What are some of the most important things you look for in a startup pitch?
We want to see a founder who we know is not going to quit. We talk about [Initialized Capital’s] honey badger mascot as a symbol for what we are looking for in founders—they have to be really tenacious. In the early days of a company, very few people are going to believe in you. You have to not only have a vision for how the world is going to be, but also be able to take real steps in the short term to get there.
Great founders aren’t just bold; they are able to deliver and execute. That is something we really look for. We can see that based on their trajectory: What have they been doing in the years leading up to this meeting? Have they been working in the industry, dealing with real problems? Or have they been busy just shipping codes and launching products? Which is great, too. Whatever they have made of the past is a really good indicator of their goals, as well as their ability to actually act on them.
How important is the actual product proposal compared to the specific sector a startup does business in?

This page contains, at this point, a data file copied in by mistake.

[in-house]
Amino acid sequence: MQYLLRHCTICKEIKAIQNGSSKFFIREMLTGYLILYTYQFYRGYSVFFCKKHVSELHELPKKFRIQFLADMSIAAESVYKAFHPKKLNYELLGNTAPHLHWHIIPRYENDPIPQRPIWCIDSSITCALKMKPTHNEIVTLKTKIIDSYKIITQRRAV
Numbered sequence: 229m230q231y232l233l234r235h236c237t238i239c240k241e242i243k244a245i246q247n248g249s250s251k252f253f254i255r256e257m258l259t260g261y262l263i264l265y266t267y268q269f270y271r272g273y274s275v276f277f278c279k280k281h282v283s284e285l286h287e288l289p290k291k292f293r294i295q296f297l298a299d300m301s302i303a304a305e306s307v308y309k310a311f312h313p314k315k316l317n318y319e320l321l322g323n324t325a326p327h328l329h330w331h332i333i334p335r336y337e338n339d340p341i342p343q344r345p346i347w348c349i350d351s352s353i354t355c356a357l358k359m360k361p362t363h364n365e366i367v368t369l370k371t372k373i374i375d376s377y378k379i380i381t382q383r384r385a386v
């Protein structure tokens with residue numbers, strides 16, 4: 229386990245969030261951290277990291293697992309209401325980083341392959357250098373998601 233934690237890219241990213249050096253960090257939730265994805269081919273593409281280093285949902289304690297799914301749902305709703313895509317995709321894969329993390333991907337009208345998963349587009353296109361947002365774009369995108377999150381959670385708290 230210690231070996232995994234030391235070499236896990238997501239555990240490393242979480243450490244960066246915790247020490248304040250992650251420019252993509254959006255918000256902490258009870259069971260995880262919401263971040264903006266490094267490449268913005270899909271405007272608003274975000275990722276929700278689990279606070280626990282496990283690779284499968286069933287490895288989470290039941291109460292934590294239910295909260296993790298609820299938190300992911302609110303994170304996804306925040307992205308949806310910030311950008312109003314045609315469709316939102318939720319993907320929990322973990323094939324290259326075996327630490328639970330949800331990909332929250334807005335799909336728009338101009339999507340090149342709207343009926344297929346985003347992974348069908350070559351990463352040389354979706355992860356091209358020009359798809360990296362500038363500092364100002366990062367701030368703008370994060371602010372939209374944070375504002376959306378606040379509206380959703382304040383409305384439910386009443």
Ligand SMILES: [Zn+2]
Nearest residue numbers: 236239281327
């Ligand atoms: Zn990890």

We are pretty sector-agnostic. Actually, we want to be so early that a lot of trends don’t exist yet, because trends always happen afterwards. If we go to these pitch meetings with trends in mind, we are already too late. That said, we do want to know that the market opportunity is big enough to build a billion-dollar business. But beyond that, we are really leaving it to the founders to teach us something new—either show us something we had no idea could exist or should exist, or help us think differently about an industry we really thought we knew everything about. If your pitch does one of those two things, you’re probably tackling a good problem.
Currently, you are leading an entrepreneur contest in partnership with 1850 Brand Coffee to provide starter funding to promising business ideas. What have you observed in the startup pitches you’ve received so far? Has anything in particular grabbed your attention?
What was really interesting to me was that we have seen such a wide range of pitches, from very philanthropic to very commercial to very “societal” projects, meaning that success is going to be measured by total social impact, not necessarily revenue. That was a really nice touch to the whole campaign.
I think founders are increasingly thinking about social impact, even if they are doing commercial endeavors. For example, more and more founders have started thinking about what legacy they are going to leave. I think there needs to be more opportunities like this, because we have great ideas and great potential founders everywhere. And I really want to help as many of them as possible spread their bold ideas.